I made this HDR image early one morning in Llanrwst, a small town in the Conwy Valley in North Wales.
Learning how to pronounce Llanrwst, and all the names with double Ls, was harder than making the image.☺ Here’s my analysis:
White: Both the bridge and the river are photographed at an angle, adding a sense of depth to a two-dimensional image.
Yellow: We have detail in both the shadow and highlight areas on the bridge, but not too much detail in the shadow areas, which would have made the photograph look flat (contrast-wise).
Red: The main subject, the small cottage, is placed off-center, and the bridge, photographed at an angle, draws the viewer toward the cottage.
Blue: The top of the tree is almost aligned with the top of the hill in the background. I positioned my camera so both elements were almost lined up. It’s kind of like using the cheek as a background for the nose in the previous example.
Green: “Breathing room” at the top of the frame.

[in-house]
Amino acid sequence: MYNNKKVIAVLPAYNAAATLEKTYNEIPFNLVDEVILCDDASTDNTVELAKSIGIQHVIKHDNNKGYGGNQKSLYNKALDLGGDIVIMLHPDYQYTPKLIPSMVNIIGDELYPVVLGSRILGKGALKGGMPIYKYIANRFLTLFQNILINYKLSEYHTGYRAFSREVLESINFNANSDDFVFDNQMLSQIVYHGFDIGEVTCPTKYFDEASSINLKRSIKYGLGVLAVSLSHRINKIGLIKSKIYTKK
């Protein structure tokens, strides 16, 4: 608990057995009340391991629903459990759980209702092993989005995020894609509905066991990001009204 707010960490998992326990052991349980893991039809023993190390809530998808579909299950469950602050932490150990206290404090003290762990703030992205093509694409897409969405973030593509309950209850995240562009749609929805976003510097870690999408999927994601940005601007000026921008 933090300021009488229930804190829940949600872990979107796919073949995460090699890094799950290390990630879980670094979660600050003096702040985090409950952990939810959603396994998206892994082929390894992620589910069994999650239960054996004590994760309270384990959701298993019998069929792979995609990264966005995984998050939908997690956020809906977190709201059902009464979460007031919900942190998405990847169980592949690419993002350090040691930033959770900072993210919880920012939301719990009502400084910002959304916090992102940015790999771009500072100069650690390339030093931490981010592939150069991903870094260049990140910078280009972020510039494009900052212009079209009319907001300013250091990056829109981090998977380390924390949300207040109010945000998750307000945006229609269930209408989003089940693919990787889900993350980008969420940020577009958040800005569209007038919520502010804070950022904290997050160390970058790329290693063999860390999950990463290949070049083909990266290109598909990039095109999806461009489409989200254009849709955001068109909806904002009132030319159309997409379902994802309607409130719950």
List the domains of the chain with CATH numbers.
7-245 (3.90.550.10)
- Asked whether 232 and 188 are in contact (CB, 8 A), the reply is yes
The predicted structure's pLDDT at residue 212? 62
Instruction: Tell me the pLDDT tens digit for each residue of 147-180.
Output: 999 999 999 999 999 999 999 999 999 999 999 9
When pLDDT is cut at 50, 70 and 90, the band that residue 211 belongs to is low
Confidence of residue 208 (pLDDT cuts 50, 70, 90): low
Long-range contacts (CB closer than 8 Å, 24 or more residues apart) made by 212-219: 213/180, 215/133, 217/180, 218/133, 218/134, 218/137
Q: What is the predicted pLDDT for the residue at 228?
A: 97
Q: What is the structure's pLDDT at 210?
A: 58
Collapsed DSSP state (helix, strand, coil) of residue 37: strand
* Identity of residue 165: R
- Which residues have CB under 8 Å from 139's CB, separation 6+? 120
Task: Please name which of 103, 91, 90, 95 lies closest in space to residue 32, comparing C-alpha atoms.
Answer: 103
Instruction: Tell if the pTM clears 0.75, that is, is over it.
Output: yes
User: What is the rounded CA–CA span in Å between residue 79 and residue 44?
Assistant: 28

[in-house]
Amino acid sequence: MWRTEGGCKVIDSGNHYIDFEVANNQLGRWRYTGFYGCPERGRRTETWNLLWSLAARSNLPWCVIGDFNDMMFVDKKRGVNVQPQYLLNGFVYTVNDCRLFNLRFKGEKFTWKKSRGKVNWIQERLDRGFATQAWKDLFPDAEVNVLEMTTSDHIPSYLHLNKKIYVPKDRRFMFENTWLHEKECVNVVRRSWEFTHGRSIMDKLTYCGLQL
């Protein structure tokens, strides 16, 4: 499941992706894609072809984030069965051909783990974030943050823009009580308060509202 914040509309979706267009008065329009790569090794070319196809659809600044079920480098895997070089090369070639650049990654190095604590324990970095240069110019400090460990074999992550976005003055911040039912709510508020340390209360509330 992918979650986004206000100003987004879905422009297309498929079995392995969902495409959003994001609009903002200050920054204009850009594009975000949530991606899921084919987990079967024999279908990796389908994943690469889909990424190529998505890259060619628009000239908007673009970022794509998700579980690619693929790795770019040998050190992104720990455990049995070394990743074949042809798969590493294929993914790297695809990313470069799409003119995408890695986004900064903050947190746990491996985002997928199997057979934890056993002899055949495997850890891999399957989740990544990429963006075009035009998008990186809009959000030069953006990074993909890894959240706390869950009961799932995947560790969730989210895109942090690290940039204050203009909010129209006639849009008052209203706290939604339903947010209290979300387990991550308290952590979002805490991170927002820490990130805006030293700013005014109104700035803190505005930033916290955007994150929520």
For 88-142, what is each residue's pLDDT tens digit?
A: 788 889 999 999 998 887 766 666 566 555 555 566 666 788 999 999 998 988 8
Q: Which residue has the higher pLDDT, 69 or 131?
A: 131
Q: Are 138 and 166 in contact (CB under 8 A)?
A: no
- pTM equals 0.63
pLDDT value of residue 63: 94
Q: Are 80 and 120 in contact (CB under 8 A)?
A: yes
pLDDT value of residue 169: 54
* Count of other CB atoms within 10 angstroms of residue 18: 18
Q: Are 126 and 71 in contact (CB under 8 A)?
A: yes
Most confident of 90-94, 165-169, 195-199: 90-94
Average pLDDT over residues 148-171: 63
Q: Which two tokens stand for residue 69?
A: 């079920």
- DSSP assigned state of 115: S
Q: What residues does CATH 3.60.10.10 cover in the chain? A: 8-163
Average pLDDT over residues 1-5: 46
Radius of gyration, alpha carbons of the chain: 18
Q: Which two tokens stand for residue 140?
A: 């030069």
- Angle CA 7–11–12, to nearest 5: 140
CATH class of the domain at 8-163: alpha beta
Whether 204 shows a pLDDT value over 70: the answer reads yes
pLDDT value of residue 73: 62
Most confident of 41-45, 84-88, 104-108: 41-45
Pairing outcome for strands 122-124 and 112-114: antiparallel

Orange: The entire scene is in focus, so the photo looks as it looked to my eyes.
Tip: For maximum depth of field, use a wide-angle lens, small aperture, and focus 1/3 into the scene.
M stands for the mood of the scene, created by the early morning light. In most photographs, mood matters most.
I photographed this pregnant giraffe on one of my African photo safaris. The photo was taken with my Canon 24–105mm IS lens set at 55mm.
I share this info with you to illustrate the point that wide-angle safari shots often tell more of a story than close-up safari shots, some of which look as though they could have been taken in a zoo or wildlife park. Here’s my analysis:
White: The most important part of the scene is separated/isolated between the two storms, so your eye goes right to the giraffe’s head.
Blue: The main subject is off-center. When a subject is off-center in a photograph, one’s eyes look around the image to see what’s going on, as opposed to getting stuck on a subject placed dead center.
Green: The position of the giraffe’s legs adds a sense of movement to the still photograph. Again, gesture is important.
Red: The tree helps to balance the image.
Yellow: Because I shot at a small aperture, the entire scene is in focus. Here, again, the scene looks as it looked to my eyes.
M & M stands for the mood of the scene, created by the two storms, and making the picture. I directed my guide to get me into exactly the right position for the photograph, which took about 20 minutes.